Kepler, the NASA spacecraft that has introduced us to other Earth-like planets in our neighborhood of the universe, may be done spotting distant worlds floating in their respective suns' habitable zones.
In May, Kepler saw the second of its four gyroscope-like reaction wheels fail. Among the spacecraft's few moving parts, the wheel allows it to point precisely at its observation targets. The first wheel failed last year, and NASA says at least three operational wheels are required for Kepler to maintain the precise aim needed to observe the transit of smaller planets.
In a conference call Thursday, NASA announced that after unsuccessful tests, it was giving up on attempts to restore at least one of the two failed wheels and get Kepler back into full working order. … Read more
Now this is what it's like when galaxies collide.
Or at the very least, this is what it looks like. The visual effects of the collision -- which generated an immense shock wave that produced a spiral plume of 6 million-degree hot gas -- were captured by NASA's Chandra X-ray Observatory, visible here in purple. The European Southern Observatory's Very Large Telescope contributed to the image's impressive palate with optical observations revealing the galaxy in blue and white.
Such a shock wave, likened to a sonic boom, won't be felt anywhere near Earth, which is 60 million light-years away from the large spiral galaxy NGC 1232 that was rammed by a smaller, dwarf one. … Read more
Many questions surround the possibility of a manned mission to Mars, but perhaps the most fundamental comes down to something everyone faces daily: what to eat? Well, how about Cajun jambalaya, Moroccan beef tangine, no-crust quiche muffins, Crater Crunch bars, and fried noodles? Those were just a few of the dishes researchers noshed during a four-month Mars-mission simulation study.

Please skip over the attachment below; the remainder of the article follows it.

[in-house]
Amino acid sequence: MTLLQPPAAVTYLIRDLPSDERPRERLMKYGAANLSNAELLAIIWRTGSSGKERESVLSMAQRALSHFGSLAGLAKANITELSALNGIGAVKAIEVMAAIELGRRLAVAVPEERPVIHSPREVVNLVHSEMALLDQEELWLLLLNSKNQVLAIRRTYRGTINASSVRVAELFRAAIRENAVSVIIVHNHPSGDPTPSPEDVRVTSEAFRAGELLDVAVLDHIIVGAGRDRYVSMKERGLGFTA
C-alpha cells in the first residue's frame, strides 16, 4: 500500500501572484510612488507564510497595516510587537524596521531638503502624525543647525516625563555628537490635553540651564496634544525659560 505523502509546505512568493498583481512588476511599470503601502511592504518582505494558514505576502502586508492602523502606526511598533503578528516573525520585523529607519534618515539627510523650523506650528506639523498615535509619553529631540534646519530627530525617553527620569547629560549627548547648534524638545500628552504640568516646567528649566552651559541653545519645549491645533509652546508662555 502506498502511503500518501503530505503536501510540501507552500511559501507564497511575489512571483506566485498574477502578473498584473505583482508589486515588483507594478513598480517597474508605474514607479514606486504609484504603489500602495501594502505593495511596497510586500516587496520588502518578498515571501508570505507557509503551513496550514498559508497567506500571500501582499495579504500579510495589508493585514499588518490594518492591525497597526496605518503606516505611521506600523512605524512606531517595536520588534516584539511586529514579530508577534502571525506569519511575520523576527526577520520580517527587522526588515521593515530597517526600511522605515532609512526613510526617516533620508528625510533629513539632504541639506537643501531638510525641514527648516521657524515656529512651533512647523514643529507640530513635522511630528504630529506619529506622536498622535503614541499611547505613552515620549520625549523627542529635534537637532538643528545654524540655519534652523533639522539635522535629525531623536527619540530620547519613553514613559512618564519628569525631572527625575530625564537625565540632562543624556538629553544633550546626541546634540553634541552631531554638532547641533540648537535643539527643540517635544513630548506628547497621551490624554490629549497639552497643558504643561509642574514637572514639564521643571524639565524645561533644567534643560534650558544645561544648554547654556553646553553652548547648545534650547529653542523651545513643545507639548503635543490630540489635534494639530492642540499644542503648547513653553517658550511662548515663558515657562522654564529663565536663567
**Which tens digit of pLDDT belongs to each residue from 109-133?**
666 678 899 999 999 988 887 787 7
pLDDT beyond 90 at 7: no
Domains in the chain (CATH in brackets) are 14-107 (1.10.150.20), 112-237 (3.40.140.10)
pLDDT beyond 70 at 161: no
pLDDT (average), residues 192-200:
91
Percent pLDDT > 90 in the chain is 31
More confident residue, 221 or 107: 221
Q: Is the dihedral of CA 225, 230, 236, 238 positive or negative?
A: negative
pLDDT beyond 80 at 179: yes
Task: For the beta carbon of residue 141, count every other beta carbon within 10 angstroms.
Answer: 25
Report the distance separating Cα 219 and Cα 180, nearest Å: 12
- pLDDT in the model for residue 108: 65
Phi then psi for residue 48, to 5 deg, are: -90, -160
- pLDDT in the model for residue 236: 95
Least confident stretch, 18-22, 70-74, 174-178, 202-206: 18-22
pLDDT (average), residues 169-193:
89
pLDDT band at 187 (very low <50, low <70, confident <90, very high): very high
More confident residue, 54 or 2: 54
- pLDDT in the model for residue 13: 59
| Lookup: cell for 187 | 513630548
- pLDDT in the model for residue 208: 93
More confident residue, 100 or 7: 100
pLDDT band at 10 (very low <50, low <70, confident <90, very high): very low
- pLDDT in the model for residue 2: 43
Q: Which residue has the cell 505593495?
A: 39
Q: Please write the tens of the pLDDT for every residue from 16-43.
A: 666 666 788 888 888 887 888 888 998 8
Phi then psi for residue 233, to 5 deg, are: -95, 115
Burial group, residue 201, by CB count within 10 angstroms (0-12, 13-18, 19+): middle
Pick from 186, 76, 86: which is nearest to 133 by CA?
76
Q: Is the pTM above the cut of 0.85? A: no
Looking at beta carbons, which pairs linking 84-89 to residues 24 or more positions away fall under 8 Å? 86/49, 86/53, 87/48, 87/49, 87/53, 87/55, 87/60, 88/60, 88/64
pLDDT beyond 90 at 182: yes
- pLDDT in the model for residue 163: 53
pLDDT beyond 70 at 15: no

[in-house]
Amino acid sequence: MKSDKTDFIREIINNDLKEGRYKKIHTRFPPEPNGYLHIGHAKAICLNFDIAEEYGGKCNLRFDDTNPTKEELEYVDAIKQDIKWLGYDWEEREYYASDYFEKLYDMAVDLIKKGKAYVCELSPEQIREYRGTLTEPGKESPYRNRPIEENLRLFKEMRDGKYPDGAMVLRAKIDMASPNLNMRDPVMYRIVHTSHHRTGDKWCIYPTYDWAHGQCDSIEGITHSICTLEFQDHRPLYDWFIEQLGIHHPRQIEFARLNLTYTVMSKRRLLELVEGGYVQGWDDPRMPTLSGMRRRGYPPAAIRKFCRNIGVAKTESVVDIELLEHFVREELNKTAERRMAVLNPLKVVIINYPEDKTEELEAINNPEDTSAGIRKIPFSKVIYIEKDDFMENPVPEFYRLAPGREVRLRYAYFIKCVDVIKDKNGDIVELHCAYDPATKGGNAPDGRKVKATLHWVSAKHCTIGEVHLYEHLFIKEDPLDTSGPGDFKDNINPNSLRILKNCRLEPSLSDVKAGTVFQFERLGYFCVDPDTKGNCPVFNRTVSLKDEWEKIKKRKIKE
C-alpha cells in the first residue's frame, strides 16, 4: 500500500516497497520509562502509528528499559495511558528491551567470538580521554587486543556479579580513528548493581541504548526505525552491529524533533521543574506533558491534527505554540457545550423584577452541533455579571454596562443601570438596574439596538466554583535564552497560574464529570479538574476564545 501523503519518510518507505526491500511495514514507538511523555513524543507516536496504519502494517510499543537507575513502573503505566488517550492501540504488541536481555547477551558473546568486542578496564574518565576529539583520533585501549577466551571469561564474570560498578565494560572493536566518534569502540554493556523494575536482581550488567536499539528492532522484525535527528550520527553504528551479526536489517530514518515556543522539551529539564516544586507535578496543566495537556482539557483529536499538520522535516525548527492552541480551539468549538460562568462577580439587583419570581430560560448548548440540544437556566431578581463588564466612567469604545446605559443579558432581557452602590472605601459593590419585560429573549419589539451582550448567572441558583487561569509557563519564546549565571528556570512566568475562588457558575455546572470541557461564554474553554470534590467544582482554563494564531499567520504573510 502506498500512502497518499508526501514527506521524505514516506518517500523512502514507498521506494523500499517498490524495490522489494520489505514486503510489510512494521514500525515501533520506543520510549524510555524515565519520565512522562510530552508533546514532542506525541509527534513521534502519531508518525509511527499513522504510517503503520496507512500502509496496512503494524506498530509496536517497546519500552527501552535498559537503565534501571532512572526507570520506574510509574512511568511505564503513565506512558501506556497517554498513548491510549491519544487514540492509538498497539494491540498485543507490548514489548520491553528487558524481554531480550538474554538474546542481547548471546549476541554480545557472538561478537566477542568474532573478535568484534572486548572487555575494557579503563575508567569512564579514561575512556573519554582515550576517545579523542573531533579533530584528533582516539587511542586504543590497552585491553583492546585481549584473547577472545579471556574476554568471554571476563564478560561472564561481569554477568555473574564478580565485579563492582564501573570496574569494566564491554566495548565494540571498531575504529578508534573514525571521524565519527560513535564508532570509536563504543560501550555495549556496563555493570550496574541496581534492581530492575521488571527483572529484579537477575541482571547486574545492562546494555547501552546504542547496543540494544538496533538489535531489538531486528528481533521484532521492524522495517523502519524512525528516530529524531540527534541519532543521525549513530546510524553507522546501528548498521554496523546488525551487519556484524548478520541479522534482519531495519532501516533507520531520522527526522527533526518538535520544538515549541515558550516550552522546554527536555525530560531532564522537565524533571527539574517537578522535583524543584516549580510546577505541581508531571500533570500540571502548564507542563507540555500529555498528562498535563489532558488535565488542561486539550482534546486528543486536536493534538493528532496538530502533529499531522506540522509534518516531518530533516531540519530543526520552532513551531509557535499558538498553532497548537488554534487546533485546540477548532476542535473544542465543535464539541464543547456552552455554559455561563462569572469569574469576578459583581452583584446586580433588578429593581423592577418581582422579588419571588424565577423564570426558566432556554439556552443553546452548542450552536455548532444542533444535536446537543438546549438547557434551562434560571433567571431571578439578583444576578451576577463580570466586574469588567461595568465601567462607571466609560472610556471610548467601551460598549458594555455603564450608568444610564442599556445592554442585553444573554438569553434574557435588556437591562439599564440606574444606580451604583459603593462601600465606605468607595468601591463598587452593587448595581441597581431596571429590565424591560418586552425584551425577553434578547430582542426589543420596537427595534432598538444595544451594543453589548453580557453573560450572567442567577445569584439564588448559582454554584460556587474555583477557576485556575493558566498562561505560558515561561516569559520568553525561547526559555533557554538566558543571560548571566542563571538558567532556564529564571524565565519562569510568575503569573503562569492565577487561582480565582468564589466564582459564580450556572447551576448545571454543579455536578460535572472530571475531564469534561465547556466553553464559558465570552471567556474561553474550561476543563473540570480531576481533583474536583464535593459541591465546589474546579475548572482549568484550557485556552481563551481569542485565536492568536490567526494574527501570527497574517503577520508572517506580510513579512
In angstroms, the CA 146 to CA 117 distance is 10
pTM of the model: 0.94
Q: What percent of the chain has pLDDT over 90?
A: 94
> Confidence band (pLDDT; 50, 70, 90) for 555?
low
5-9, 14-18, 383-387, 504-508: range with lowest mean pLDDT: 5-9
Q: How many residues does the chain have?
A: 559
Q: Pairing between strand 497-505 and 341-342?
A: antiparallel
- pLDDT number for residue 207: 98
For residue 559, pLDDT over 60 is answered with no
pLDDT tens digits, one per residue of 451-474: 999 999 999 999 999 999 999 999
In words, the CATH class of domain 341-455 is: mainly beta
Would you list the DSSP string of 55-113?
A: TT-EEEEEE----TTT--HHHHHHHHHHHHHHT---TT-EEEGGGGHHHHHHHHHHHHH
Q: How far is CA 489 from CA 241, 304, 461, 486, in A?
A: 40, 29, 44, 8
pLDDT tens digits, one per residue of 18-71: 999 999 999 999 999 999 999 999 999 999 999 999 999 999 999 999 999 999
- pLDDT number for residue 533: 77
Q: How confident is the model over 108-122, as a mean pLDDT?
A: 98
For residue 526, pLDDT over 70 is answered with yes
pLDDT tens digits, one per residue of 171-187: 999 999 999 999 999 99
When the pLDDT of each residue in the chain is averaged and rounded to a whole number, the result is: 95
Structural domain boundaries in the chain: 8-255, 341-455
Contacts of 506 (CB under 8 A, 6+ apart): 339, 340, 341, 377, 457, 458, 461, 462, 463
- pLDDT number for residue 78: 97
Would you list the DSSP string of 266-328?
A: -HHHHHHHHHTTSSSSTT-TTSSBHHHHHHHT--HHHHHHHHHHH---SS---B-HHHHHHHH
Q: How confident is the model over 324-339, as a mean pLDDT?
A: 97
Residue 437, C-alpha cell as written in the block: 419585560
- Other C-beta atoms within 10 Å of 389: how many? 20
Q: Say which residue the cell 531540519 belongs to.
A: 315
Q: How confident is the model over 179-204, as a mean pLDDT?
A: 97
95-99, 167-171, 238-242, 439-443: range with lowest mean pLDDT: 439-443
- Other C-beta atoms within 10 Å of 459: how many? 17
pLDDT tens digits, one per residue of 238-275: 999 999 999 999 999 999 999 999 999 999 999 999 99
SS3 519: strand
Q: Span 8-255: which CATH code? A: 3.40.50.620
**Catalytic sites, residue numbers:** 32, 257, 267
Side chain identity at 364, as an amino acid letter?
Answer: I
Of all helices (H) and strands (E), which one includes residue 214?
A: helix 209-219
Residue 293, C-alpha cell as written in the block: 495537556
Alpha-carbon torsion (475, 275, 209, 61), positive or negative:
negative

The NASA-funded study into potential food options for a mission to Mars is wrapping up Tuesday. During four months in a barren lava field on the northern slope of Hawaii's Mauna Loa volcano, six researchers dined on a variety of dehydrated and freeze-dried produce and meats, including jambalaya made with Spam.
The goal of the study, led by Cornell University and the University of Hawaii, was to expand current outer-space dining options so astronauts on a Mars mission could avoid malnourishment and food boredom. … Read more
If you've been watching the skies for the spectacle of the Perseid meteor shower over the past few days, you've probably thought about some of the larger rocks up above.
A few are downright scary compared to shooting stars. This graphic from NASA shows the orbits of more than 1,400 Potentially Hazardous Asteroids (PHAs), objects measuring at least 460 feet across that come within 4.7 million miles of Earth's orbit.
It looks like a giant Spirograph drawing with Earth near the center, but NASA assures us that these giant boulders of rock and ice are not "a worrisome threat" over the next 100 years. … Read more